20. I haven't noticed any change, either. I take Innopran XL, every other day, and a tiny dose of midodrine every morning. At one time, I was taken completely off the beta blocks -- pulling my BP too low -- but I could not stand the arrythmias, nor how I felt, so the cardiologist and I compromised. Every other day was the only way I could stay on the Innopran as there was no smaller dose as an XL. I have seen much improvment these past few months. I am on my feet longer, not passing out, and only occasionally aware of the arrythmias. I am dizzy from time to time, and still 'wobbly' but this occurs when I am over-tired. Good luck.
  21. I tried to ask, unsuccessfully, if any of you are/were aware of any efforts to get our concerns, as sufferers of dysautonomias, before members of Congress. Please understand that I am not soliciting anything here, other than information of how to better organize ourselves, under an 'umbrella of fellow autonomic disorder sufferers,' and get information out to others. I really don't think it much matters what we call ourselves, or what organizations we say we represent, but if we start by writing our own Congressmen, even if it is only as individuals, can it not make a difference? Sign me, Clueless Here
  22. Well, I must say I am a bit confused here. Are we not all in the same boat? This drives me nuts. There are so many constructive ways to inform/educate others about the disorders we find ourselves afflicted with -- and I would think we can all work together. If there is some sort of form letter out there, from any and all dysautonomic organizations, wouldn't we all benefit from it -- regardless of its origination? OK. My request is simply to get in touch with your own local legislators and carry our needs and concerns as far as you can, which hopefully will be to DC. If people don't know about us, I don't see how they can help us.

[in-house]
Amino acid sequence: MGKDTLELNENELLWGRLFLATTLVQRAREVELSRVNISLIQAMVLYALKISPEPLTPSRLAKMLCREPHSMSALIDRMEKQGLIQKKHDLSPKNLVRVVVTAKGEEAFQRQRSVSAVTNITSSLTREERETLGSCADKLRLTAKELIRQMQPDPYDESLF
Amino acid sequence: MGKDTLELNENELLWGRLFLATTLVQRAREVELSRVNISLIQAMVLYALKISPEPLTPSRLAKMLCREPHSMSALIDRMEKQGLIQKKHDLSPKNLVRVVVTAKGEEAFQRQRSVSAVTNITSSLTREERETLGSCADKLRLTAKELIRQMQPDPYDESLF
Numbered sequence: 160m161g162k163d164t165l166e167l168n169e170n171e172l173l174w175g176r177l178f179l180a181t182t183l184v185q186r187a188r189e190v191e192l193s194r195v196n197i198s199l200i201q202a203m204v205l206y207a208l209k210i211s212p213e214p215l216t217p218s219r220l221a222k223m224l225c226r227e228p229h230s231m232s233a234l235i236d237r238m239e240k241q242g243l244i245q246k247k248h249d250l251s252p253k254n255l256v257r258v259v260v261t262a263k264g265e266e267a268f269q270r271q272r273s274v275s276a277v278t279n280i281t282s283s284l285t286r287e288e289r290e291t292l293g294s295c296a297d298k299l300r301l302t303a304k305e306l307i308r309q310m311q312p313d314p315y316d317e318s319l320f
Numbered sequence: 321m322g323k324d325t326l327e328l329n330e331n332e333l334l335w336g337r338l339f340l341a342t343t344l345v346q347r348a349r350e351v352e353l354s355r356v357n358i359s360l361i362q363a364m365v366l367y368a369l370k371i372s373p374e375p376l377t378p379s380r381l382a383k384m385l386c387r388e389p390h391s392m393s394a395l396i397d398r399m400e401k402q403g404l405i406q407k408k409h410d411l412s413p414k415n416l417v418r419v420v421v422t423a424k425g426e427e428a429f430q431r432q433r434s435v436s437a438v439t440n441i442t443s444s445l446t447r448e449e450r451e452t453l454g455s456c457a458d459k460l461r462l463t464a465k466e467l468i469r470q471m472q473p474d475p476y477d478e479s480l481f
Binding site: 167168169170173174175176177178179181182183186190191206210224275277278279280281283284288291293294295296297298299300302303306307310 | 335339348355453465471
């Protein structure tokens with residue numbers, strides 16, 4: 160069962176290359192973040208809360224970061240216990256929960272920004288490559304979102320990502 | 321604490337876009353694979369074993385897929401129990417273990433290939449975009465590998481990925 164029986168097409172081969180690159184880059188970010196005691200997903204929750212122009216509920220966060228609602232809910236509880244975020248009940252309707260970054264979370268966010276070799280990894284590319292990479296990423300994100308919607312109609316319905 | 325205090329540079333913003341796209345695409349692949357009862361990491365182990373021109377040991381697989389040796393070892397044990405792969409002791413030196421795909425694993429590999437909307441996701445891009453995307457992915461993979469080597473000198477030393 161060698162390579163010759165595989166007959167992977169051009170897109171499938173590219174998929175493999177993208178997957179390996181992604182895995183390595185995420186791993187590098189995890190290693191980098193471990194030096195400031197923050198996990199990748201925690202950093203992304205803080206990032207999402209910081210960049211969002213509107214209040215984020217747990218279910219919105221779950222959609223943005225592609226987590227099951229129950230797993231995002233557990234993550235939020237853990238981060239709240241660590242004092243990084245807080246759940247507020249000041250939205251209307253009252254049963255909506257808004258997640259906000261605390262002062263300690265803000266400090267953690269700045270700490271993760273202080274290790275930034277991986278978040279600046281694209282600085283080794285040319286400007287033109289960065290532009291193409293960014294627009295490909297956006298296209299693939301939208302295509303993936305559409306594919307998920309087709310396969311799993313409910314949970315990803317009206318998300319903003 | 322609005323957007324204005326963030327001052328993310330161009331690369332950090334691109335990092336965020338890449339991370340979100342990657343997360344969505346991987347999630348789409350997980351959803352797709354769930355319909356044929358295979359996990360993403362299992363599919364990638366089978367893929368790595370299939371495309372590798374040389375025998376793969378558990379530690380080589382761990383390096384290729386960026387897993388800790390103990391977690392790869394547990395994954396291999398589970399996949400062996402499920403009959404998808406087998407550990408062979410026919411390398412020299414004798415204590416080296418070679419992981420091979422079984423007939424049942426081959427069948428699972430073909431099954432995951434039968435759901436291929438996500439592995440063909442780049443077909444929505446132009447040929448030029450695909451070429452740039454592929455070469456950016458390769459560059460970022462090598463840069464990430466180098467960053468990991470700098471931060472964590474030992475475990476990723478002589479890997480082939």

23. Are any of you aware of the efforts being taken to inform our legislators, at the local level(s), to take out needs/concerns/pleas for help before Congress? I would hope all of the associations with dysautonomia concerns would help in the effort(s), as would the three million of us affected with this myriad of disorders. My husband makes several trips to DC annually, in conjunction with his work, and he says the 'disabled' he sees there command quite a bit of attention.
  24. This happens to me, too, on a regular basis. I force the liquids -- water, more than anything else -- and that helps. Water is its own natural diuretic, as odd as that seems. I have poor circulation, it seems, and always have had the swelling and purple, angry veins, spider veins, and some leg pain, but I think it has been compounded by some of the medications (I had to stop with the fluodrocortisone or Florinef for that reason), and the fact I am supposed to use salt -- liberally -- according to my cardiologist. Stay off your feet when you can, drink plenty of water, and wear comfortable, sensible shoes. The heat this time of the year also adds to the problem. You may notice this also affects your hands and fingers? It is awfully uncomfortable, especially in the hot summer months.
  25. Interestingly enough, I had to see an allergist many years ago, and he confirmed what I had already surmised -- mold and mildew, as well as pet dander, really wreaked havoc on my sinuses and head. I'm not sure I would make a correlation between the two, unless we are willing to entertain correlations between other things in our environments, too. There must be something in our genes and environments, that pre-disposes us? My father has many of the problems I have, but he has suffered a heart attack brought about by arrythmias, and he says his mother was the same. Genetically, a female will inherit more from the father's side, and a male, from his mother's side -- so this much, at least makes sense to me. I also look at my own child, who was an extremely colicky baby, and the pediatrican determined she had not only an under-developed gastric system, but an under-developed nervous system as well. The colick, in spite of being breastfed, was symptomatic of the other, and I am holding my breath to see whether she will, in her lifetime, and if I am still around to see it, suffer from dysautonomia(s). Seems likely to me, in spite of the fact that, genetically, she should have more of her father's genes.